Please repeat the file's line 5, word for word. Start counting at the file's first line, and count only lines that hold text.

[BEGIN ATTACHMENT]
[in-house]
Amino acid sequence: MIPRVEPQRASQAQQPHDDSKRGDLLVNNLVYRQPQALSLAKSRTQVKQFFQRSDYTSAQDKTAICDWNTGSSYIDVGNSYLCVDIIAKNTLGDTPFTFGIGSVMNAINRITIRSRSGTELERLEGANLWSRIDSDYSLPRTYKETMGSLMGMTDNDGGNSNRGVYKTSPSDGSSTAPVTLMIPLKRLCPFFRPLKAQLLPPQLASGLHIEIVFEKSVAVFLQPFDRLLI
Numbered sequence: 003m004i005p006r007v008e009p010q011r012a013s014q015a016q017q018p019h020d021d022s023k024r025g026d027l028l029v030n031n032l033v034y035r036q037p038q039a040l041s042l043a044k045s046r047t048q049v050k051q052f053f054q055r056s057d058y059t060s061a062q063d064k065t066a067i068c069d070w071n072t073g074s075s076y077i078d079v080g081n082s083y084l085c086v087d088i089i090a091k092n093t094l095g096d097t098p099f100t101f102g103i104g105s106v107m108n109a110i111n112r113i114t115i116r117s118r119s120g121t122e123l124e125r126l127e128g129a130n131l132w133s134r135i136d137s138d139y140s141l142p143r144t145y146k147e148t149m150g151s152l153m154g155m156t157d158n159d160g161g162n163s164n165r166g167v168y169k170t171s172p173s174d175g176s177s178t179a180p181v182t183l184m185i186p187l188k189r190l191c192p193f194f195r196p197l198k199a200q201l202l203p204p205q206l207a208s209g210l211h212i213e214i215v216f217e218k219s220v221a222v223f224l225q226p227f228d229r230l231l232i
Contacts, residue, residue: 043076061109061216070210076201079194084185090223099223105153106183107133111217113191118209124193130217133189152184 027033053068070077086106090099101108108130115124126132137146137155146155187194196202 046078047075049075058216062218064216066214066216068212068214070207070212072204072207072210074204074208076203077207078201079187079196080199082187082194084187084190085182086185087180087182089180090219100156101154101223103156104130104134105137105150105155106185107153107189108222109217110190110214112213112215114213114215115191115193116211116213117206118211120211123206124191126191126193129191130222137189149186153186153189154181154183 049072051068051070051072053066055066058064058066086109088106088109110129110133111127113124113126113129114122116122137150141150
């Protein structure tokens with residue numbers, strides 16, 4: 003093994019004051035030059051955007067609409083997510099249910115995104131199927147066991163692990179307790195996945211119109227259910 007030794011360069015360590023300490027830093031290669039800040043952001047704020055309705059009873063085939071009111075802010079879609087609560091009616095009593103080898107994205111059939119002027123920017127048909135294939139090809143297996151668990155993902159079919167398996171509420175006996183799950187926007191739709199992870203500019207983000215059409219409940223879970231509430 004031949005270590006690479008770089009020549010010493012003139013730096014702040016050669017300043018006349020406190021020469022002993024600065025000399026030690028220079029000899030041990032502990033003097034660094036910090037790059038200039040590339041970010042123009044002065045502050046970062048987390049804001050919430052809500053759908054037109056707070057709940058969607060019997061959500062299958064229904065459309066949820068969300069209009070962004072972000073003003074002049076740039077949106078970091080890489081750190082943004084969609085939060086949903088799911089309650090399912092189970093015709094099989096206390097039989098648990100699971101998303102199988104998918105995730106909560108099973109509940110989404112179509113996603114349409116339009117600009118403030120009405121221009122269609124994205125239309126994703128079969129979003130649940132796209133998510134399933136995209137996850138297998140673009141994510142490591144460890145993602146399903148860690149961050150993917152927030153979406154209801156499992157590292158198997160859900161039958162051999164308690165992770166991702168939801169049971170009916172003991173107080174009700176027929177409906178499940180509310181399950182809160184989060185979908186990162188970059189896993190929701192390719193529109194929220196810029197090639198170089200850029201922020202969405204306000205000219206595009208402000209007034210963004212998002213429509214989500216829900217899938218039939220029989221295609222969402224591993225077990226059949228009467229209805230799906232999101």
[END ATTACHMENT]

């Protein structure tokens with residue numbers, strides 16, 4: 003093994019004051035030059051955007067609409083997510099249910115995104131199927147066991163692990179307790195996945211119109227259910 007030794011360069015360590023300490027830093031290669039800040043952001047704020055309705059009873063085939071009111075802010079879609087609560091009616095009593103080898107994205111059939119002027123920017127048909135294939139090809143297996151668990155993902159079919167398996171509420175006996183799950187926007191739709199992870203500019207983000215059409219409940223879970231509430 004031949005270590006690479008770089009020549010010493012003139013730096014702040016050669017300043018006349020406190021020469022002993024600065025000399026030690028220079029000899030041990032502990033003097034660094036910090037790059038200039040590339041970010042123009044002065045502050046970062048987390049804001050919430052809500053759908054037109056707070057709940058969607060019997061959500062299958064229904065459309066949820068969300069209009070962004072972000073003003074002049076740039077949106078970091080890489081750190082943004084969609085939060086949903088799911089309650090399912092189970093015709094099989096206390097039989098648990100699971101998303102199988104998918105995730106909560108099973109509940110989404112179509113996603114349409116339009117600009118403030120009405121221009122269609124994205125239309126994703128079969129979003130649940132796209133998510134399933136995209137996850138297998140673009141994510142490591144460890145993602146399903148860690149961050150993917152927030153979406154209801156499992157590292158198997160859900161039958162051999164308690165992770166991702168939801169049971170009916172003991173107080174009700176027929177409906178499940180509310181399950182809160184989060185979908186990162188970059189896993190929701192390719193529109194929220196810029197090639198170089200850029201922020202969405204306000205000219206595009208402000209007034210963004212998002213429509214989500216829900217899938218039939220029989221295609222969402224591993225077990226059949228009467229209805230799906232999101």